Lastly, your allies in the game let you, once per day, wipe out a fight you come across, which is nice if a battle is causing you too much trouble. These friends, however, are adamant about only doing it once a day, and will not help during boss battles.
Customize Your 4th Grade Transfer Student
The game gives you a wealth of options when it comes to customising your character, with the only real restriction being that you are stuck as a 4th grader in stature. You can wear facial hair, wigs, makeup, accessories, or even dyed outfits, provided you manage to find the dyes around town.
So in appearance, you have the choice of making a character as odd looking as you wish, but other aspects of your character are left out of your hands. Gameplay wise, you are heavily encouraged to use gear around your level rather than those that appear “cool”. Your name, “Douchebag” is unavoidable, as everyone will either call you that or new kid.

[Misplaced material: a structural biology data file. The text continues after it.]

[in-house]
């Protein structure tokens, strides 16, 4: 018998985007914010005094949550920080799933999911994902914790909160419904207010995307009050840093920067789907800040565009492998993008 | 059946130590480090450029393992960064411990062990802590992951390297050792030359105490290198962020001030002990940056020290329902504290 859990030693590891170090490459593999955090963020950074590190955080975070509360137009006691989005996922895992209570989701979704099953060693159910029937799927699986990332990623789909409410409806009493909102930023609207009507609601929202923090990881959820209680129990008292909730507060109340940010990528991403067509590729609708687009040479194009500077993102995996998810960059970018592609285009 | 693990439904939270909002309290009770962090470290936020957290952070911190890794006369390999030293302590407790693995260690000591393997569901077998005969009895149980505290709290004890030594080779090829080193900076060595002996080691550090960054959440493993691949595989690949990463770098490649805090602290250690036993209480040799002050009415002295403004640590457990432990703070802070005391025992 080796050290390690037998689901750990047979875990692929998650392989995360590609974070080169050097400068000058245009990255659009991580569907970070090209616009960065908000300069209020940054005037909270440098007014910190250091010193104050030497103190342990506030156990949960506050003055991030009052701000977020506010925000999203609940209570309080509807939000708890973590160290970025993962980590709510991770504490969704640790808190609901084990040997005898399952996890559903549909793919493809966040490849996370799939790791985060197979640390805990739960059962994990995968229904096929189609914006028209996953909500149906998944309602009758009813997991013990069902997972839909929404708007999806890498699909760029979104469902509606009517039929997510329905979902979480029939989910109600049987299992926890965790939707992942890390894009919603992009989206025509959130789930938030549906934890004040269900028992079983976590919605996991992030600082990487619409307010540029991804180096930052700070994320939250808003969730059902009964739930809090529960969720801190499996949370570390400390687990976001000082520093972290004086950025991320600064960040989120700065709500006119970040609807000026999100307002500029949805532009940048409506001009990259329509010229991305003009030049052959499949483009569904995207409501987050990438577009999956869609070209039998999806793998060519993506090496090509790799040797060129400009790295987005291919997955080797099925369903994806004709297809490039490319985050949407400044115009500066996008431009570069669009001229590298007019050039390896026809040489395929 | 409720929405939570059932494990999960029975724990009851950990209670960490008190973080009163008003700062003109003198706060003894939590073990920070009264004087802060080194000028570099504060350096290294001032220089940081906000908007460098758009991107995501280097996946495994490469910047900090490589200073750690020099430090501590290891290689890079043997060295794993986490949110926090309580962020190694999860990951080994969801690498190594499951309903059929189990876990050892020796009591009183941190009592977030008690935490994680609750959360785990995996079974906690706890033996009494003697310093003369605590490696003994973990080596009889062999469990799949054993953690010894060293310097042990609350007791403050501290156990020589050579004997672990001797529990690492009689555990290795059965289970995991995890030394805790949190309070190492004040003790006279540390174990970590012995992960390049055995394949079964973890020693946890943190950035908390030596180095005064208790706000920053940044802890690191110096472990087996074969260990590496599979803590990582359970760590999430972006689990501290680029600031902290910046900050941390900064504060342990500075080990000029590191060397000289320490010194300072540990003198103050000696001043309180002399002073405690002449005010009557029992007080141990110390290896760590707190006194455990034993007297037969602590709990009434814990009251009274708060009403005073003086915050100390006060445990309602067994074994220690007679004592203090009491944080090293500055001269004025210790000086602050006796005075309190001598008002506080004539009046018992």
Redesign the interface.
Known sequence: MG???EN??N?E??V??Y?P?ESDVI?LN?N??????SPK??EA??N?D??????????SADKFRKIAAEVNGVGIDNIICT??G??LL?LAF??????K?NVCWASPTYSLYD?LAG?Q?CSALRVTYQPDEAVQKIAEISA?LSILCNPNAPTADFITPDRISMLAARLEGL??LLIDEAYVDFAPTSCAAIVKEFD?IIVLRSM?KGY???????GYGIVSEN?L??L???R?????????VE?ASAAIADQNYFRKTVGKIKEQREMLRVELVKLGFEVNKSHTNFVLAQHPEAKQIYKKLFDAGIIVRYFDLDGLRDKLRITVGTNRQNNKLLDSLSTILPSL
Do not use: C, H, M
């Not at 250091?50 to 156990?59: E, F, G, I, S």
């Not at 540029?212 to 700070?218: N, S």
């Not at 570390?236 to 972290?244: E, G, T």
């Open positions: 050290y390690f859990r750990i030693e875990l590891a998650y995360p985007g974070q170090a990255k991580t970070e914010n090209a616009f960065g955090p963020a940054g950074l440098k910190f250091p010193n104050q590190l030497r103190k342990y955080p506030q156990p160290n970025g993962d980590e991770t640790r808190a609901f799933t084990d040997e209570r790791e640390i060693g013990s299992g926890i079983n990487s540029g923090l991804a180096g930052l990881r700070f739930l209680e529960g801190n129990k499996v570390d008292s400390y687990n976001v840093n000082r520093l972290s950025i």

What I Liked
I’ve seen plenty of South Park games before, but none were very good or felt real. This game feels like South Park judging from the humor to the characters. I’ve never seen a game so authentic to the source material, and as a fan of the show, I appreciate that.
It is consistently funny, it is also crude. South Park: The Stick of Truth doesn’t ask for forgiveness, and it shouldn’t have to. The spirit of the gameplay is great, and just for that alone, I fell in love with the game.
For the diehard gamers who happen to be South Park fanatics, here is a walkthrough on getting 100% achievements on your first try!
What I Didn’t Like